TT: How can he execute an extreme agenda with checks and balances in place?
Molen: He's already been doing it, and I've been waiting for someone to stand up, any American, whether its a member of the Senate or the House, a Democrat or a Republican, and say "You can't do this. You have go through the House, you have to go through the Senate." And he is not doing that, and nobody is saying anything. I don't understand it.
TT: Why focus on 2016, rather than what is happening now?
Molen: If he can get re-elected he's in until 2016. He doesn't have to worry about another campaign and he has four more years. For me, the movie is looking back through a microscope before he became president, the things he wrote and said, and the promises he made. The county made him our president and I'll respect that vote by the people, but the other part of that is I have the right to question him if I don't understand him or disagree. My whole involvement with this thing from the beginning was to defend those changes in our culture, laws and basic freedoms. He said he wants change, and to transform the country, but for what?
TT: How can Obama be so hugely influenced by his father, when they didn't know each other very well?
Molen: The book that Dinesh D'Souza wrote lays that out very clearly, about how he came to the conclusions he did. The reason there was no information about our president is for some reason there has been a freeze on any information on him. When George W. Bush became president, the media went crazy trying to get his school grades, and things like that, and then when they released them and found out that his grades were better than John Kerry's, there was no more discussion about it. In this case, the media has not vetted the president, there has been no disclosure of school transcripts, how well he did or what he studied. We should be able to know our president. He asks for us to vote for him, but we should be able to know who we're voting for.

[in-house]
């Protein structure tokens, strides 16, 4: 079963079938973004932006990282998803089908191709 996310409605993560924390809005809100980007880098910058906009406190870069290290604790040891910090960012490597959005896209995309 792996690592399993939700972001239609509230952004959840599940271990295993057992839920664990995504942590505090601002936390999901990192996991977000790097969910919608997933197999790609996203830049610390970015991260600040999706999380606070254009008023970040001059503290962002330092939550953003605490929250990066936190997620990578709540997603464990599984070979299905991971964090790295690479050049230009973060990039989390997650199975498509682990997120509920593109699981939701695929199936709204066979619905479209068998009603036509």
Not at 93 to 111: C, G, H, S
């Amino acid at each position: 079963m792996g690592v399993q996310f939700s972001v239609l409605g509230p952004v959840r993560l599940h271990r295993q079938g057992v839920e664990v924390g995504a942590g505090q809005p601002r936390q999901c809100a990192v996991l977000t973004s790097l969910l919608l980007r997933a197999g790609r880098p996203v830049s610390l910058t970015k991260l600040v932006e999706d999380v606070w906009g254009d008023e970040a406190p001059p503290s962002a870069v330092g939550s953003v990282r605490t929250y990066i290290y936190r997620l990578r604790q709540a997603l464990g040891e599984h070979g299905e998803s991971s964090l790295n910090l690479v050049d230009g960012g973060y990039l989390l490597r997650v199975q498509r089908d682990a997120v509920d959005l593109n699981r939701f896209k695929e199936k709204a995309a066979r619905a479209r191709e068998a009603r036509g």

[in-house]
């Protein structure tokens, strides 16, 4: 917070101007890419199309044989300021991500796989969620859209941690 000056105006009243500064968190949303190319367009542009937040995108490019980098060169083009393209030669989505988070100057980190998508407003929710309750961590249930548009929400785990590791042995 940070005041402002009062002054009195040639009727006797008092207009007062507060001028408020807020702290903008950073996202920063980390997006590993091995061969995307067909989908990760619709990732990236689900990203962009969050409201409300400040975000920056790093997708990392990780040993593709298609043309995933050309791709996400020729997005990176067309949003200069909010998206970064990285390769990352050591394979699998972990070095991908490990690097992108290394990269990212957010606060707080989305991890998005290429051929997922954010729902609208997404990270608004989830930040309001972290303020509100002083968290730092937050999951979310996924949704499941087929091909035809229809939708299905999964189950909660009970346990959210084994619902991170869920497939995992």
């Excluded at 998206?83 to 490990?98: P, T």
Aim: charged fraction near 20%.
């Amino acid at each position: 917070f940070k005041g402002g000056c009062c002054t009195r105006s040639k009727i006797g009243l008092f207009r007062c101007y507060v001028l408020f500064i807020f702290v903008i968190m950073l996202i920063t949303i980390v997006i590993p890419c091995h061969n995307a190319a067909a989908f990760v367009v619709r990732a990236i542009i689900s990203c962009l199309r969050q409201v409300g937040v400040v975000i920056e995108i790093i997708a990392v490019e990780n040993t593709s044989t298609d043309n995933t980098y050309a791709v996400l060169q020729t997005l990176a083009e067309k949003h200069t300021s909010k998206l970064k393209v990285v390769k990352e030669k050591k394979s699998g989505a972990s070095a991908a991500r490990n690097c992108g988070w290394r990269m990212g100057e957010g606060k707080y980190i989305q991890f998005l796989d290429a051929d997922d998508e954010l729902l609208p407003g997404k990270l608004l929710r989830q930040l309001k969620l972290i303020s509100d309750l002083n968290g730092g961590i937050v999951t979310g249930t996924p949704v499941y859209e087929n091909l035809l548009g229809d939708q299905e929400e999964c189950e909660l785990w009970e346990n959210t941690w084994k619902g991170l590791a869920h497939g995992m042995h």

TT: You're premiering the film in Houston. Why did your team decide to premiere it here in Texas?
Molen: We had a discussion and Houston, being quite the center of Americana that it was, seemed an appropriate place to premiere the movie, and I'm glad to be here.
TT: What about reception nationwide? Texas is pretty conservative, but have you experienced much backlash?
Molen: Oh goodness it has already started. There was one review of the film by Salon.com, I think, that was rather scathing. But what I found interesting is how can someone review a film they haven't seen yet? They just used the idea of what it might be about and wrote a review for it. And there will be others. Yes, it's a very conservative area here, and it will go out into other parts of the country, but that's good. Let's get those discussions started. Maybe it will get people to do their own research and make conclusions for themselves. If there are people that are angry, so be it, but I hope there are more people who are pleased with it. I hope it speaks to the independents and opens people's eyes to do their own research. They make their own decisions, that's fine, but they need to have all the information.
TT: Is this your first venture into politics?
Molen: This is my first venture into this kind of a documentary film.
TT: You've made so many blockbuster films; why make this documentary?
Molen: Well, it's true, my career is basically storytelling, the motion picture business. But this opportunity for me was a chance to get involved doing something that I felt was very important for the country. I could join forces with Dinesh D'Souza and the people he surrounds himself with, and become part of that team, then I'm 100 percent behind it.